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International Journal of Engineering Research & Science (IJOER)

ISSN: [2395-6992]

[Vol-2, Issue-2, February- 2016]

Role of Indian spices in cancer prevention: A Review


Dr. Chaiti Ganguly
Department of Biotechnology, IILM Academy Of Higher Learning , Greater Noida , India

Abstract Indian Spices from time immemorial were considered with the philosophic concepts of improving health.
Laboratory research has further demonstrated the effectiveness of a number of bioactive dietary components that have the
ability to prevent cancer and other chronic diseases. Cytotoxic effects of numerous herbal extracts against cancerous cells
have been reported. Research provides strong support for the future acceptance of natural compounds as chemo-preventive
agents. In Indian cooking variety of spices are used for their specific delicious taste. Research on the health benefits of spices
over the last century has elucidated the effects of spices as antioxidant, anti-inflammatory, anti-microbial, cardioprotective,
neuroprotective and anti-cancer compounds. There has been a growing realization that spices possess anticarcinogenic
properties which is supported by experimental evidences. Cancer chemoprevention is the inhibition or reversal of preinvasive
carcinogenesis before cellular invasion across the basement membrane. The goals are to prevent incident precursors and
cancer, regress prevalent precursors, and/or suppress recurrent precursors. The focus of cancer medicine in the 21st century
is moving towards improved prediction of risk, prevention of disease, preservation of health, personalization of treatment,
and more patient participation in decision-making.
Keywords Indian Spices, Cancer chemoprevention, Herbal Extracts.

I.

INTRODUCTION

Cancer development, a dynamic and long-term process, involves many complex factors with a stepwise progression that
ultimately leads to metastasis, an uncontrolled spreading and growth of cancerous cells throughout the body. The three
critical steps in this process for several types of human cancer formation are initiation, promotion and progression.
There is no suitable method of pre-diagnosis of cancer. Generally cancer is diagnosed at their secondary or tertiary stages. At
this stage radiation therapy, chemotherapy, surgery or gene therapy is the alternatives of which, gene therapy is very costly
and is not available to everyone and other treatments have their own side effects. The growing understanding of the process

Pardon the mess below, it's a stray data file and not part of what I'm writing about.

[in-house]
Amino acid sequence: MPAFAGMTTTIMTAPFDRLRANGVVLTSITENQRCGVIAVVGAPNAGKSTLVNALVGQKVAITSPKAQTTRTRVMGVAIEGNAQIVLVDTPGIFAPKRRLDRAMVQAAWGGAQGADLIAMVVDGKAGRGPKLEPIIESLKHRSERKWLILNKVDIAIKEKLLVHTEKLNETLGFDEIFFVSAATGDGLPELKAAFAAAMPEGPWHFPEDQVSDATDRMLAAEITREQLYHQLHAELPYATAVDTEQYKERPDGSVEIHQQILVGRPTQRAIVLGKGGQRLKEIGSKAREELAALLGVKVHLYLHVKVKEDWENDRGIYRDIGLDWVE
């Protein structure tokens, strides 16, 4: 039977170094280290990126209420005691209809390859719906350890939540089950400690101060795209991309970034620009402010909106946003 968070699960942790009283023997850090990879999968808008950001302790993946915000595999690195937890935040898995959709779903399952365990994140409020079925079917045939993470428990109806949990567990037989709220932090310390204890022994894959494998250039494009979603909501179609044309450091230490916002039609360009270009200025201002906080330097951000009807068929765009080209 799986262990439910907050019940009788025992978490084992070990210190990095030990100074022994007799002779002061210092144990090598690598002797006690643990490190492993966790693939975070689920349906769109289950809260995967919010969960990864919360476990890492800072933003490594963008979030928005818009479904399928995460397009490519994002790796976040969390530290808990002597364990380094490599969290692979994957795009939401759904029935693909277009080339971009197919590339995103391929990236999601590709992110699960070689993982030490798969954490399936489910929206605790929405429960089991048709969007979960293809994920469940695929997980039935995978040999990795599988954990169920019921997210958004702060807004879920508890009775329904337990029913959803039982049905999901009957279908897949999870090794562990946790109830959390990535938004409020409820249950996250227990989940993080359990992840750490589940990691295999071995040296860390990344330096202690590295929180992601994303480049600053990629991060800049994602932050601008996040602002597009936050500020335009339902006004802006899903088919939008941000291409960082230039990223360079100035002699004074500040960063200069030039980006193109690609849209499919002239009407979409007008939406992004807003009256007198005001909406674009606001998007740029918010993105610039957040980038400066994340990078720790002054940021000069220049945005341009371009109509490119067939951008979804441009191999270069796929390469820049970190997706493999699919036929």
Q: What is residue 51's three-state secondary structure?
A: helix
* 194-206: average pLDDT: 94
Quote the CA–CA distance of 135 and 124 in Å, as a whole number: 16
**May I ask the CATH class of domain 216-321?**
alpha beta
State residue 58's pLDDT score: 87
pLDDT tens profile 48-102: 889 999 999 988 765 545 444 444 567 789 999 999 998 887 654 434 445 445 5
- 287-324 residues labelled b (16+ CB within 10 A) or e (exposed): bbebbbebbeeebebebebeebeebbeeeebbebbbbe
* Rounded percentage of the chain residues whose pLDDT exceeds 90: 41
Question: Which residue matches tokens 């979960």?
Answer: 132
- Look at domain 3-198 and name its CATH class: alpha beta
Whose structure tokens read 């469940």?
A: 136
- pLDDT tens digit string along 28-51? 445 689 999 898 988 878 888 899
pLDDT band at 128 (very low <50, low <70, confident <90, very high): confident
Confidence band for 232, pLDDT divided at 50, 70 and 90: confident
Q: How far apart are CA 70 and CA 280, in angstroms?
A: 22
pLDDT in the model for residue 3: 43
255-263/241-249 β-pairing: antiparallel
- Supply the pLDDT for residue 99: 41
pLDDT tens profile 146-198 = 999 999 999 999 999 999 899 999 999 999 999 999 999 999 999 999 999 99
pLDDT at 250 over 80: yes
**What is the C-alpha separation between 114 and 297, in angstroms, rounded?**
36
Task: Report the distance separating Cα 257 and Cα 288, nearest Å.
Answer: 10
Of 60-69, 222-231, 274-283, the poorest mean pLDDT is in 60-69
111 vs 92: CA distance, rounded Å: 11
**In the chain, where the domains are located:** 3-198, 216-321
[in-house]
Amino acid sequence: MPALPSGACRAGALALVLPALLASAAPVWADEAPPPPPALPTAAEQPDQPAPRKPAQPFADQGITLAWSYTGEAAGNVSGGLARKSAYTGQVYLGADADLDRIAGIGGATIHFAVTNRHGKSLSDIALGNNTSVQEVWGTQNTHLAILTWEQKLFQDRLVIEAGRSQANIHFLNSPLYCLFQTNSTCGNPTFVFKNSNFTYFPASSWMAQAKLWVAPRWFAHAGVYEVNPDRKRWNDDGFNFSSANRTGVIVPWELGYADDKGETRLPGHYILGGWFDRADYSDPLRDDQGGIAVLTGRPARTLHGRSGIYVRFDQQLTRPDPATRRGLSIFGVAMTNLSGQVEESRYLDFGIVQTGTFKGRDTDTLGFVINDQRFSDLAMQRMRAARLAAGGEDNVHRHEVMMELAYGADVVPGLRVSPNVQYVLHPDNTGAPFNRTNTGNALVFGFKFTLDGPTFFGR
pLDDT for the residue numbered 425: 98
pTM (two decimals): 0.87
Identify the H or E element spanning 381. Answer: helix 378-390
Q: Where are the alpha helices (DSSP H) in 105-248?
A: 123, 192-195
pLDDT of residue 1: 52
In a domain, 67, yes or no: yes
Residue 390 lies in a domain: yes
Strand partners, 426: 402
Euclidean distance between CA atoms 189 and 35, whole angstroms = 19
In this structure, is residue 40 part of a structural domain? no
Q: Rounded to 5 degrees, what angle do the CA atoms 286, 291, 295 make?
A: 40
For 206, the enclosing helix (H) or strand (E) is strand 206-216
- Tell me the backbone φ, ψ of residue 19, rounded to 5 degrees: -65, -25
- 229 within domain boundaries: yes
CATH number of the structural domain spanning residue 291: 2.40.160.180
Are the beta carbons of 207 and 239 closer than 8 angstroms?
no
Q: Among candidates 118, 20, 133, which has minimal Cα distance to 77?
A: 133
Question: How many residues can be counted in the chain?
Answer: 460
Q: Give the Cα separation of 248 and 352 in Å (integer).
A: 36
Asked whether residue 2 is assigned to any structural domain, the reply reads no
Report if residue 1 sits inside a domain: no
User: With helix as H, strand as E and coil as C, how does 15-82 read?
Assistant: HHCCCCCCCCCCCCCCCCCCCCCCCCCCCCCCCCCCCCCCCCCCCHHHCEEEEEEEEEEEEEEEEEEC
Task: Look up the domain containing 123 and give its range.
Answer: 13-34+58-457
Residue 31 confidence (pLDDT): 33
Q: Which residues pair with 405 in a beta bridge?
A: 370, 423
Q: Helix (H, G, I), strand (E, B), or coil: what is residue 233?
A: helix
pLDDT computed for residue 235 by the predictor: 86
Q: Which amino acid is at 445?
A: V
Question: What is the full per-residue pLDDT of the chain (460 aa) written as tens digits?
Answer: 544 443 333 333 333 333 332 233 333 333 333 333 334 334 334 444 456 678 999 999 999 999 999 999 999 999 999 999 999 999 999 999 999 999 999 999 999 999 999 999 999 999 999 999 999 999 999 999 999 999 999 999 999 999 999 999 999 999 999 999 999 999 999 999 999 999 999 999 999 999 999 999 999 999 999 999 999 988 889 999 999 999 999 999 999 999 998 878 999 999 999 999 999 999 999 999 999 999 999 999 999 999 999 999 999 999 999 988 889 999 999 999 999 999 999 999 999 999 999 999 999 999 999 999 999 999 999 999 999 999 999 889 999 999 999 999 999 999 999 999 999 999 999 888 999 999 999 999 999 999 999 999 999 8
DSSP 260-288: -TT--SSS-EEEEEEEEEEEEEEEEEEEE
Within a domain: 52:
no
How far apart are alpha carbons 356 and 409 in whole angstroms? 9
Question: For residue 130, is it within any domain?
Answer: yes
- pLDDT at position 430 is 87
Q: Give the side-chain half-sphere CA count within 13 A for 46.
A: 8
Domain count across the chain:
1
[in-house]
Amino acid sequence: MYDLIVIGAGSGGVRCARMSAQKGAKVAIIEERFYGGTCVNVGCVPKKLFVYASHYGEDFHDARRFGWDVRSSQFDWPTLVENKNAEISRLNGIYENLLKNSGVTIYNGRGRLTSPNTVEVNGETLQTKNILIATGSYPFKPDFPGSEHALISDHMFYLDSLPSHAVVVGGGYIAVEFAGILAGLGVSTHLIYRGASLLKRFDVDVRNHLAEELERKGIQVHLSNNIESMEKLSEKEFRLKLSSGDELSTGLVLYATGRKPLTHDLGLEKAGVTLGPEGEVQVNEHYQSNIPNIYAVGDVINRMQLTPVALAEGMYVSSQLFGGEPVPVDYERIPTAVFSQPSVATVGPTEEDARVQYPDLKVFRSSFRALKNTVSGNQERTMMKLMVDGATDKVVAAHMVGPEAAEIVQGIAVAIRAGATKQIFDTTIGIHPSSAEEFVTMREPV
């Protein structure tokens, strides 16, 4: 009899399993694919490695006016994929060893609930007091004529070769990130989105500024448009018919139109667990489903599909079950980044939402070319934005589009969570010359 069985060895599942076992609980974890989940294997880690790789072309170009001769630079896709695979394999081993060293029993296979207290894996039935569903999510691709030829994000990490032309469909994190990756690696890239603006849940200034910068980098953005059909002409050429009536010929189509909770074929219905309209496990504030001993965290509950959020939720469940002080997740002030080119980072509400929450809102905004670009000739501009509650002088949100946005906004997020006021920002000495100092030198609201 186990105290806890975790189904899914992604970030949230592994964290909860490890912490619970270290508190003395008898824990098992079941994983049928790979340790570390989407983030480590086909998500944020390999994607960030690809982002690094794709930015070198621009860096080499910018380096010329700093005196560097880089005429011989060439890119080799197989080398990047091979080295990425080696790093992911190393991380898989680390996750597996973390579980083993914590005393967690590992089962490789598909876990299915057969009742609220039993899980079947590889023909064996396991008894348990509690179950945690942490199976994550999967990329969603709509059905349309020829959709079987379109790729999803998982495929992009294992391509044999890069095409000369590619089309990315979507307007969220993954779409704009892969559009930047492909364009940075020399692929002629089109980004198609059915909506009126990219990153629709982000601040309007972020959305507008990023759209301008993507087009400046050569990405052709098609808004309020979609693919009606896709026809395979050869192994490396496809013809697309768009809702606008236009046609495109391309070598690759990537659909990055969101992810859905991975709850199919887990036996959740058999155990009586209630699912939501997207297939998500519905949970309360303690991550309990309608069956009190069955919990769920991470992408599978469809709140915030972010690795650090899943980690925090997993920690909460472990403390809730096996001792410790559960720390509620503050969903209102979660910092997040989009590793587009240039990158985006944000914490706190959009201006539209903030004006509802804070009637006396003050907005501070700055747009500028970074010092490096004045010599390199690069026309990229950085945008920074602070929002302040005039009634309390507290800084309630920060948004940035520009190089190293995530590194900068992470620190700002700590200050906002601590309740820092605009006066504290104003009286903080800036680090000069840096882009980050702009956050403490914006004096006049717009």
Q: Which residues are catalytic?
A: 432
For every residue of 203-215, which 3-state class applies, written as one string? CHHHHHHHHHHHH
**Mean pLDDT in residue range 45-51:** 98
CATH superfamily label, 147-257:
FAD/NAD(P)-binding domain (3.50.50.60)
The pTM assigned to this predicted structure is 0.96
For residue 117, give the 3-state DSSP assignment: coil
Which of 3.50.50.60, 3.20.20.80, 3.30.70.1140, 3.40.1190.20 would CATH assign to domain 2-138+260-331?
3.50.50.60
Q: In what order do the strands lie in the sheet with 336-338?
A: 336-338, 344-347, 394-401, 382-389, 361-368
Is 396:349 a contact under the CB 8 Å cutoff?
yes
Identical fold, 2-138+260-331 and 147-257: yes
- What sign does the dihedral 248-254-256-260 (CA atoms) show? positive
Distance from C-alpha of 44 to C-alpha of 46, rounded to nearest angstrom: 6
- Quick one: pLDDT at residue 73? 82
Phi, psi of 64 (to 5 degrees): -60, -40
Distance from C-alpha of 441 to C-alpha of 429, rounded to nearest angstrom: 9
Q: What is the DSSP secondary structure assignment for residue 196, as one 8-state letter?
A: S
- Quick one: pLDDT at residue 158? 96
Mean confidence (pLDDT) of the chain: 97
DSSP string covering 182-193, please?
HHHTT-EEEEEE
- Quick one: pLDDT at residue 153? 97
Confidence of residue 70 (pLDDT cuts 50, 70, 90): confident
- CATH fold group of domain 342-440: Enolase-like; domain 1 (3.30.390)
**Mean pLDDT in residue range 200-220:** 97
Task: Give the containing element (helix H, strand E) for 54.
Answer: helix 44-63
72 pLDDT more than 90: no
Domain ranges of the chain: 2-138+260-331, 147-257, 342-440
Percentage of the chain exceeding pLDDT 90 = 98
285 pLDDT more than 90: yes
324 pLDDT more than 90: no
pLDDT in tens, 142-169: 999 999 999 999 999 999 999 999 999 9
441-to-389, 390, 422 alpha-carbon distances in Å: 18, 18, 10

of carcinogenesis and cancer biology has resulted in an appreciation of the fact that human cancer is a final outcome of
genetic and non genetic events occurring over twenty years or more. This allows for Preventive interventions. Prevention of
cancer is a feasible approach for cancer control in India.
India has a rich heritage of medical sciences and scientific health care approach which was holistic in nature that considered
all aspects of human health and disease including preventive efforts. But there was a black out of traditional wisdom and
medical practices which were replaced by primarily treatment oriented practices that most often ignored the preventive
aspects. Fortunately attention is once again being focused on holistic health and prevention of diseases. Preventive measures
taken timely and properly is likely to improve general health of the population, prevent cancer as well as other chronic
ailments like heart disease, diabetes etc.
Cancer chemoprevention is the inhibition or reversal of pre-invasive carcinogenesis before cellular invasion across the
basement membrane. The goals are to prevent incident precursors and cancer, regress prevalent precursors, and/or suppress
recurrent precursors (primary, secondary and tertiary chemoprevention, respectively). 1,2[Kelloff et.al., 1995; Sporn et. al.,
1976].
The focus of cancer medicine in the 21st century is moving towards improved prediction of risk, prevention of disease,
preservation of health, personalization of treatment, and more patient participation in decision-making
Epidemiological studies have provided convincing evidence that natural dietary compounds can modify this process. 3,4
(Kaefer and Milner, 2008; Mehta et al., 2010). Laboratory research has further demonstrated the effectiveness of a number of
bioactive dietary components that have the ability to prevent cancer and other chronic diseases. 5,6,7 (Kamatenesi et al., 2011;
Afolayan et al., 2010; Gathirwa et al., 2011). Cytotoxic effects of numerous herbal extracts against cancerous cells have been